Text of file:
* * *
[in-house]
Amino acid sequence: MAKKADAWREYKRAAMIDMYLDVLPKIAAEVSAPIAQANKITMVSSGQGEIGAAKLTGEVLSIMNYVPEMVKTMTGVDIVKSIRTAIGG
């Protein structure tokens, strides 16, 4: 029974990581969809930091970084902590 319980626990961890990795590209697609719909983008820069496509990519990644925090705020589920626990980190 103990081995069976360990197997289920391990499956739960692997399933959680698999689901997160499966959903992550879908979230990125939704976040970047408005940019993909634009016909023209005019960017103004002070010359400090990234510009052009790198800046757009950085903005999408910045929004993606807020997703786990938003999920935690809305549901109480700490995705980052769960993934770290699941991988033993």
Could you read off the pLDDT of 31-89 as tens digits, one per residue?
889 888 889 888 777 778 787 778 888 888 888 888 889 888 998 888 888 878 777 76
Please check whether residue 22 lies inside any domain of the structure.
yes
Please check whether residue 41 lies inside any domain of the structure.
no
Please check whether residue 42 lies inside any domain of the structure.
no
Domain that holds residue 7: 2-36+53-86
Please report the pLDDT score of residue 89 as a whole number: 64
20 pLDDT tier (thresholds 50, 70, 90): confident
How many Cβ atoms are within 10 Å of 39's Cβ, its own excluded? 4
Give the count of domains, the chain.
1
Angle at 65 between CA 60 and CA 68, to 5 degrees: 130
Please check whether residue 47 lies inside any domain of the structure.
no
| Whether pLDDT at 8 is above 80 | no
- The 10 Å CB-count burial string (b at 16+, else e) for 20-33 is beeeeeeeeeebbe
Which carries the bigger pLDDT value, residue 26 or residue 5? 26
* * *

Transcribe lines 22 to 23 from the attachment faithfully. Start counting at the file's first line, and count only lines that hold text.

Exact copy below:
- The 10 Å CB-count burial string (b at 16+, else e) for 20-33 is beeeeeeeeeebbe
Which carries the bigger pLDDT value, residue 26 or residue 5? 26